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Hormonal and Genetic Control of Behavioral Integration in Honey Bee Colonies ADVANCED INSECT COLONIES HAVE long been likened to "superorganisms" , a metaphor most apt for traits of colonies that are a consequence of cooperation among individual colony members. One such trait is colony development, which is a consequence of the integration of worker behavior. Results of experimental perturbations [2, 3] suggest that insect colonies cope with constant variation in age demography [4, 5] and resource availability [5, 6] via a process of developmental plasticity that involves ongoing adjustments in the proportions of individual workers engaged in various tasks. The coordination of worker responses to changing environmental conditions is poorly understood. Moreover, the recent discovery [7-9] of genetic influences on the division of labor among workers raises new questions about the role of genetics and the environment in integrating activity in insect societies. Regulation of developmental plasticity is a central issue in the study of all biological systems, and comparisons of processes in insect colonies and individual multicellular organisms may provide insights of general significance . We describe four experiments that probe the hormonal and genetic basis of developmental plasticity in honey bee colonies. The first two experiments demonstrate that changes in colony age structure can affect age-dependent titers of juvenile hormone (JH) that are associated with changes in worker age-dependent behavior (age polyethism). In the third experiment, treatment with a JH analog affected age polyethism, further supporting the hypothesis that extrinsic factors influence the behavior of worker bees via their effects on JH. The fourth experiment demonstrates genotypic differences in the behavioral responses of workers to altered colony age demography. JH, a major insect developmental hormone , is involved in the control of age polyethism in adult worker honey bees [12-16]. Hemolymph levels of JH increase with worker age [13, 17]. Low titers are associated with behavior in the nest such as brood care ("nursing") during the first 1 to 3 weeks of the worker bee's |6-week adult life, whereas a higher titer at about 3 weeks of age induces foraging. We tested the hypothesis  that the JH titer in bees is sensitive to colony state, providing a mechanism for plasticity in age-based division of labor. Workers were exposed to conditions that uncoupled the usually tightly linked factors of worker age and behavioral status for two tasks: nursing and foraging. An association between behavioral status and JH titer, independent of age, would provide support for the hypothesis that JH acts as a colony integrating mechanism. Two colonies, each initially consisting of 2000 bees, 1 to 3 days old, were established to induce division of labor independent of worker age [2, 18]. Within 1 week these "single-cohort colonies" contained some bees that tended brood and others that foraged precociously. The emergence of new adults was prevented by replacing combs of developing pupae with combs of eggs and young larvae from other colonies; the aging experimental colonies then contained "overaged" nurses and "normally aged" foragers. We also exploited demographic changes...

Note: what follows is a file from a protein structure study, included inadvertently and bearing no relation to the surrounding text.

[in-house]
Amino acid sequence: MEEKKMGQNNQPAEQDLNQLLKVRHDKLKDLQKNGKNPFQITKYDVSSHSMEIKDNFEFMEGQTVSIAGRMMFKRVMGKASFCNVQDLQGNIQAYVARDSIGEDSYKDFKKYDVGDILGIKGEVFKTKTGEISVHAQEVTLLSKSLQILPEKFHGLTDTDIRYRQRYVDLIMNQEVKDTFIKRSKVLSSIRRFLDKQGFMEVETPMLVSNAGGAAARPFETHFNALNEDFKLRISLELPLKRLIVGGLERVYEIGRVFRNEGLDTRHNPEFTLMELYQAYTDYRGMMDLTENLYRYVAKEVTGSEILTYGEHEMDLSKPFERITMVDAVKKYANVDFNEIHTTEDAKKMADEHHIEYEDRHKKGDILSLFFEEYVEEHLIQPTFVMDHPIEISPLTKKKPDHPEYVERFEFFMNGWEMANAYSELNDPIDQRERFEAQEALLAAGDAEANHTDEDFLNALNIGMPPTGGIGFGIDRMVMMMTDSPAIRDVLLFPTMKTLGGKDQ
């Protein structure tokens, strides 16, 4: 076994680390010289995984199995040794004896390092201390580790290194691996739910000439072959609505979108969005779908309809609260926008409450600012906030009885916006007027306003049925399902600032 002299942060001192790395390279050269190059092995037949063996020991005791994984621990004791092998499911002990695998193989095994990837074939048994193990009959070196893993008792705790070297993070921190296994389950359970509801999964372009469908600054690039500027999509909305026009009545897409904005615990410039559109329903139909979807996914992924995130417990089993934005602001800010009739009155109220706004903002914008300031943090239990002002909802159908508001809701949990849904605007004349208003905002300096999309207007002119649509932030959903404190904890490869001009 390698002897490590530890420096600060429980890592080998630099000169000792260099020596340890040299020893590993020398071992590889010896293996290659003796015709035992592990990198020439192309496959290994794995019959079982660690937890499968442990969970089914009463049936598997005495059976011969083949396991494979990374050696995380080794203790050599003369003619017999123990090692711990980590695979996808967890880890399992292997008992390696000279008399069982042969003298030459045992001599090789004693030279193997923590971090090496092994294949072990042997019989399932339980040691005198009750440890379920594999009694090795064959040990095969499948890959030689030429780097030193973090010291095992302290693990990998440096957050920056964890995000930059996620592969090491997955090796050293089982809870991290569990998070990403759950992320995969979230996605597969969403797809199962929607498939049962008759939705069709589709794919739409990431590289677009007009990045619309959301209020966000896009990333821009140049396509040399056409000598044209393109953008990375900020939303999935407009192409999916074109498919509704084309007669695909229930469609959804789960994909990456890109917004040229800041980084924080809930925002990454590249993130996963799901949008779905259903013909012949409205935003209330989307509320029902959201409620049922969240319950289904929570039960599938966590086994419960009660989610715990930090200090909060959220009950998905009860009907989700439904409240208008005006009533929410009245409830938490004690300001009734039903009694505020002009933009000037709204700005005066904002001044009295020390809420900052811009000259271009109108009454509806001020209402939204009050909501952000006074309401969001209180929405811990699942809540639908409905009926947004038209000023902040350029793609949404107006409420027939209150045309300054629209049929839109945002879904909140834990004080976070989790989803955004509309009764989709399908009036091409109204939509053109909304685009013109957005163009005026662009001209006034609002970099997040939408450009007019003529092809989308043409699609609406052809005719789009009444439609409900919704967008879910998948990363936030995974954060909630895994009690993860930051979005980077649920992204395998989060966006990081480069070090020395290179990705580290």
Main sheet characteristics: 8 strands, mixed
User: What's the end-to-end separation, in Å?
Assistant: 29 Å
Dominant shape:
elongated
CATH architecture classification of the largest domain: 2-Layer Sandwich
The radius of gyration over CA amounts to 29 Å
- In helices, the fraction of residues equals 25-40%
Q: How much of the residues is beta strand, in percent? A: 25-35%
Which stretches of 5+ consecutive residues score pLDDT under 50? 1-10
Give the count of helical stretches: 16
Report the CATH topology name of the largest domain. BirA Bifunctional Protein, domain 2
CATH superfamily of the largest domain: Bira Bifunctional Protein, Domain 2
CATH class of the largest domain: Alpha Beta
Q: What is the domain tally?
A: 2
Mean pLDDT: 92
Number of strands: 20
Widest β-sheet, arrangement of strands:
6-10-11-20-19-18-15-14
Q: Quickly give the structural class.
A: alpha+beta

Source Citation (MLA 8 th Edition)
Robinson, Gene E., et al. "Hormonal and genetic control of behavioral integration in honey bee colonies." Science, vol. 246, no. 4926, 1989, p. 109+. Academic OneFile, Accessed 15 Nov. 2018.
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